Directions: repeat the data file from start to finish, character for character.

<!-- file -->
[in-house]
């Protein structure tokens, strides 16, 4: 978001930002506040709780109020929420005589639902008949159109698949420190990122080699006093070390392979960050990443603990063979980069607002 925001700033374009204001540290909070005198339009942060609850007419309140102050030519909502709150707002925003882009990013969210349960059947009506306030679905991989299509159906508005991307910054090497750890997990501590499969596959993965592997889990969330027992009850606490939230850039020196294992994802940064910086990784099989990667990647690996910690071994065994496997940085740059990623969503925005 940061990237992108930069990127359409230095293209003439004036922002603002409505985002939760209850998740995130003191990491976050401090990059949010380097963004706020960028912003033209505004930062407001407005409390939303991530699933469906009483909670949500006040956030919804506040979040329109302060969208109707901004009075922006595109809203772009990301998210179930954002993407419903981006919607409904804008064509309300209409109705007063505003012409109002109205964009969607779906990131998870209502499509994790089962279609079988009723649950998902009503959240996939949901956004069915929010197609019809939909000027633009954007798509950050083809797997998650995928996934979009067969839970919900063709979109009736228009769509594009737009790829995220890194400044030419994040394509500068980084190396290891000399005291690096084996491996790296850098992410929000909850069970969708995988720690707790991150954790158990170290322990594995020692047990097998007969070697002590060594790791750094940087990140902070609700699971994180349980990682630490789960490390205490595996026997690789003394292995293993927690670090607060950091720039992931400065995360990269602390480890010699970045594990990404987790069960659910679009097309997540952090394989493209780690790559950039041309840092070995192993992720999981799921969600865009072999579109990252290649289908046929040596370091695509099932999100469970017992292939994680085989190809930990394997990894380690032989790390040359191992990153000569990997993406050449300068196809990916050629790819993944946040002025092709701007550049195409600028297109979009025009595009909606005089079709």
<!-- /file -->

[in-house]
């Protein structure tokens, strides 16, 4: 978001930002506040709780109020929420005589639902008949159109698949420190990122080699006093070390392979960050990443603990063979980069607002 925001700033374009204001540290909070005198339009942060609850007419309140102050030519909502709150707002925003882009990013969210349960059947009506306030679905991989299509159906508005991307910054090497750890997990501590499969596959993965592997889990969330027992009850606490939230850039020196294992994802940064910086990784099989990667990647690996910690071994065994496997940085740059990623969503925005 940061990237992108930069990127359409230095293209003439004036922002603002409505985002939760209850998740995130003191990491976050401090990059949010380097963004706020960028912003033209505004930062407001407005409390939303991530699933469906009483909670949500006040956030919804506040979040329109302060969208109707901004009075922006595109809203772009990301998210179930954002993407419903981006919607409904804008064509309300209409109705007063505003012409109002109205964009969607779906990131998870209502499509994790089962279609079988009723649950998902009503959240996939949901956004069915929010197609019809939909000027633009954007798509950050083809797997998650995928996934979009067969839970919900063709979109009736228009769509594009737009790829995220890194400044030419994040394509500068980084190396290891000399005291690096084996491996790296850098992410929000909850069970969708995988720690707790991150954790158990170290322990594995020692047990097998007969070697002590060594790791750094940087990140902070609700699971994180349980990682630490789960490390205490595996026997690789003394292995293993927690670090607060950091720039992931400065995360990269602390480890010699970045594990990404987790069960659910679009097309997540952090394989493209780690790559950039041309840092070995192993992720999981799921969600865009072999579109990252290649289908046929040596370091695509099932999100469970017992292939994680085989190809930990394997990894380690032989790390040359191992990153000569990997993406050449300068196809990916050629790819993944946040002025092709701007550049195409600028297109979009025009595009909606005089079709």